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Abstract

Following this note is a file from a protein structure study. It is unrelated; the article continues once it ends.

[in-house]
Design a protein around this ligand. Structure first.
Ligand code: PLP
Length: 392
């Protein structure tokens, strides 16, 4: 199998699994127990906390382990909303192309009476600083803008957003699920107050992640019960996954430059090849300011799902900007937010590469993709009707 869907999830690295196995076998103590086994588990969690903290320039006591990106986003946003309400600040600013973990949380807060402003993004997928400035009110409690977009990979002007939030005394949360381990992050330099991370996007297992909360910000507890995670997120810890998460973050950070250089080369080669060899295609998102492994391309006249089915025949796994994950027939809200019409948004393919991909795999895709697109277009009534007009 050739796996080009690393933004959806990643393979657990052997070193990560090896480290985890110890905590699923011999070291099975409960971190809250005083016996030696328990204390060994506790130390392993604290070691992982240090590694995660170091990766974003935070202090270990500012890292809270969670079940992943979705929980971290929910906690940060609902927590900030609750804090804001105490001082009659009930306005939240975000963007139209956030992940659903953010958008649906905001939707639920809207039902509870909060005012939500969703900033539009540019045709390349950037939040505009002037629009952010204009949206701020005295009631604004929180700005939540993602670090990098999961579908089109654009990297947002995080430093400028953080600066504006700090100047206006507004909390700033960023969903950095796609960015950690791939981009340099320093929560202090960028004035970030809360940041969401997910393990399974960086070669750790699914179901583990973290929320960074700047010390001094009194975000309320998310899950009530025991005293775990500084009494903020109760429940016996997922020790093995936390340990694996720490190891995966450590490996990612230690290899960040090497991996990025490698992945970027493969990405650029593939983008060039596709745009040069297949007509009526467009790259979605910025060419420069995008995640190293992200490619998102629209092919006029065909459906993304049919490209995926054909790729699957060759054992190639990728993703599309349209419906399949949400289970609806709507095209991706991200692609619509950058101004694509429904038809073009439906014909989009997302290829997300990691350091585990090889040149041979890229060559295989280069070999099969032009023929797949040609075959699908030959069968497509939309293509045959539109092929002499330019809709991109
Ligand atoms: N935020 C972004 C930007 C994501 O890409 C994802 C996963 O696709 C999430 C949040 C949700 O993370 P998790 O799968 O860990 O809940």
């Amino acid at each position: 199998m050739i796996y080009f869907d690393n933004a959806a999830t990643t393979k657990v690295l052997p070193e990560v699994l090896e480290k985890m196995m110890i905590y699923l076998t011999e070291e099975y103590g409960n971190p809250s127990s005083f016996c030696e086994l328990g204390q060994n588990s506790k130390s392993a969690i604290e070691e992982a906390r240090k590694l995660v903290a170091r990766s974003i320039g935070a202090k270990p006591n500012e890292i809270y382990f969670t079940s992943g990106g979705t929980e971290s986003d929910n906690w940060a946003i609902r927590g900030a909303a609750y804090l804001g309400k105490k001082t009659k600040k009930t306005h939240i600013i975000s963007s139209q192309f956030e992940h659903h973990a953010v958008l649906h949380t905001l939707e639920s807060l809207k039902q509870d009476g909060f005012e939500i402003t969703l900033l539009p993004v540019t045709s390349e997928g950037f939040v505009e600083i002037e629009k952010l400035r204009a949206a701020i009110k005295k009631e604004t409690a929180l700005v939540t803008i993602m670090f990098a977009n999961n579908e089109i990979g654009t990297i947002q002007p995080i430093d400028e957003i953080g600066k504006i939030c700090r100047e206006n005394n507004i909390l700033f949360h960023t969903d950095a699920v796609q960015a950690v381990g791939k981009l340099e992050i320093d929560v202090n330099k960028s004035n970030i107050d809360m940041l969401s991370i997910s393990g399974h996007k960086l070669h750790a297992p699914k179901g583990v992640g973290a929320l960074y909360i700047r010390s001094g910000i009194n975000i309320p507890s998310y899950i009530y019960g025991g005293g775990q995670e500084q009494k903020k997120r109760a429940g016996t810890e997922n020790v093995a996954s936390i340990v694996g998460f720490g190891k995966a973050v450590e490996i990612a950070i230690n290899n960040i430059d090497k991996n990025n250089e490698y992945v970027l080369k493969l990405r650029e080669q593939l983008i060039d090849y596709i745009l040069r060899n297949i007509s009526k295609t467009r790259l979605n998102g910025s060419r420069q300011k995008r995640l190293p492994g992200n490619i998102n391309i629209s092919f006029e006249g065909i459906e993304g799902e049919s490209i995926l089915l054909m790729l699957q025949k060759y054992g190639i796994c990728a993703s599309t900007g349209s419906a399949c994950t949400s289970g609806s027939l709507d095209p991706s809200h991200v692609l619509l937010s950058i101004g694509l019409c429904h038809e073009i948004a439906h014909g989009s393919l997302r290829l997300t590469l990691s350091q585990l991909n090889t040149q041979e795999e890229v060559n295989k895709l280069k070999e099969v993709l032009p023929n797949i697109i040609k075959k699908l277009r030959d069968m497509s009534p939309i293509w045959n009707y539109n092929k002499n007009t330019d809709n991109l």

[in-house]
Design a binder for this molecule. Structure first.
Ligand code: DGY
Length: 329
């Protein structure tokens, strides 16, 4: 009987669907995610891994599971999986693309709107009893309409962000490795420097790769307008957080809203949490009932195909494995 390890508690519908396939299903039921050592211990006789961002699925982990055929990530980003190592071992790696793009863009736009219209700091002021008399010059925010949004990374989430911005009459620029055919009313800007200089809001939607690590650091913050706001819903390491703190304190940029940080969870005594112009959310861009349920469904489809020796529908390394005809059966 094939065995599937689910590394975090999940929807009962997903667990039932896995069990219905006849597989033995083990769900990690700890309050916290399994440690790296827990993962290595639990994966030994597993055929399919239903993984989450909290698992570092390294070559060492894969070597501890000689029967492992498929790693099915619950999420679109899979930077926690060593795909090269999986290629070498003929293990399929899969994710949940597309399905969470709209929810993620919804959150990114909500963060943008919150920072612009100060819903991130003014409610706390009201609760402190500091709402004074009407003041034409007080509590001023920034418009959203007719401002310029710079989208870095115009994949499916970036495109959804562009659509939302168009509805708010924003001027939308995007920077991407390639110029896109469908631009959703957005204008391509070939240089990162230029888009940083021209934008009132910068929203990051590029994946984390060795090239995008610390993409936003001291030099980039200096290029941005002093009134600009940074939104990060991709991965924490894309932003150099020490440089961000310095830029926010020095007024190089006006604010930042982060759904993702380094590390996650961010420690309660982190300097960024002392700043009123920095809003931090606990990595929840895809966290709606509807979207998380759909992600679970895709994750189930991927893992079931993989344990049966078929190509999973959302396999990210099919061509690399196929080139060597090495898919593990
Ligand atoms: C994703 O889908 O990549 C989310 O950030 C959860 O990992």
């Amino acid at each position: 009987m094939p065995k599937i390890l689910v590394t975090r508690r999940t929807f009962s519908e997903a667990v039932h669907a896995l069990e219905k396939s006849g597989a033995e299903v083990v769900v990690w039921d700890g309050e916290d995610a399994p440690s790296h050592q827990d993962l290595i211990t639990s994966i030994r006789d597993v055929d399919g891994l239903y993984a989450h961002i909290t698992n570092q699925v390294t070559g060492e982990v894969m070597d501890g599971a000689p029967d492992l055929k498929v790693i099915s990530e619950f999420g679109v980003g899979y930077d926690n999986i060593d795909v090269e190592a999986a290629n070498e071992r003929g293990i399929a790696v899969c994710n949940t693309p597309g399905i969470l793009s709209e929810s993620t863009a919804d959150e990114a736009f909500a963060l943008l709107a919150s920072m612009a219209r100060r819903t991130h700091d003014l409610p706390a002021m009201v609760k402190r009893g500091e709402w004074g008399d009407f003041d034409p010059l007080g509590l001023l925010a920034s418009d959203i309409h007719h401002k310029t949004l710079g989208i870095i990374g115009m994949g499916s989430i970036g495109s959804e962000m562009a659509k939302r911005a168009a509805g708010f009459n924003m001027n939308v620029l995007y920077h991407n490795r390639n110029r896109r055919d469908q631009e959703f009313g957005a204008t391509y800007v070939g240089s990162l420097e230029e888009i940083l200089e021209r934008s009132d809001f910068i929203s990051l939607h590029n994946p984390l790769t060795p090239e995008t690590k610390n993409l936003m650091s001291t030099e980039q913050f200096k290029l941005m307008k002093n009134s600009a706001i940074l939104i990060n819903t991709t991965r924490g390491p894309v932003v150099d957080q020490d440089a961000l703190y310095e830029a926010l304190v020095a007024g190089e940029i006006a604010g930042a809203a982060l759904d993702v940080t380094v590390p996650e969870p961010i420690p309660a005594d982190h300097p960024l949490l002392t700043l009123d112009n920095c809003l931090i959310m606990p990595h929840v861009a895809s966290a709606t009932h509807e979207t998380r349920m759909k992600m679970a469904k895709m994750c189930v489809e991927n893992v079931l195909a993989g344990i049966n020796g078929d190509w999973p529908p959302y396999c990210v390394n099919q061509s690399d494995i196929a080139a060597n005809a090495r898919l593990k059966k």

Khorezm Province is located in the Amu Darya lowlands of Uzbekistan, where unsustainable use of irrigation water has led to the Aral Sea crisis. This study deals with the question of how farmers in Khorezm perceive water and its management and how this facilitates or prevents water conservation, or “water saving,” in irrigated agriculture. To answer this from the perspective of the water users, we apply Schütz's lifeworld concept to the study of natural-resource management, thereby reconstructing the water lifeworld of Khorezmian farmers. We present the spatial and temporal boundaries of the water lifeworld; the different types of water, people, and land that farmers distinguish; and the institutions water management is based on. The analysis shows that religious values and the risk of being fined for water wasting facilitate water saving. However, the following barriers to water saving dominate farmer practices: (1) storage of saved water is not possible, (2) using much water creates social capital, (3) perceived water needs exceed the geographical realities, (4) the term “water saving” is not in use, and (5) farmers believe that water management is the state's responsibility. We conclude that water saving should be facilitated by environmental education, a strengthening of the water-inspection department Uzsuvnazorat, and the creation of decentralized storage options.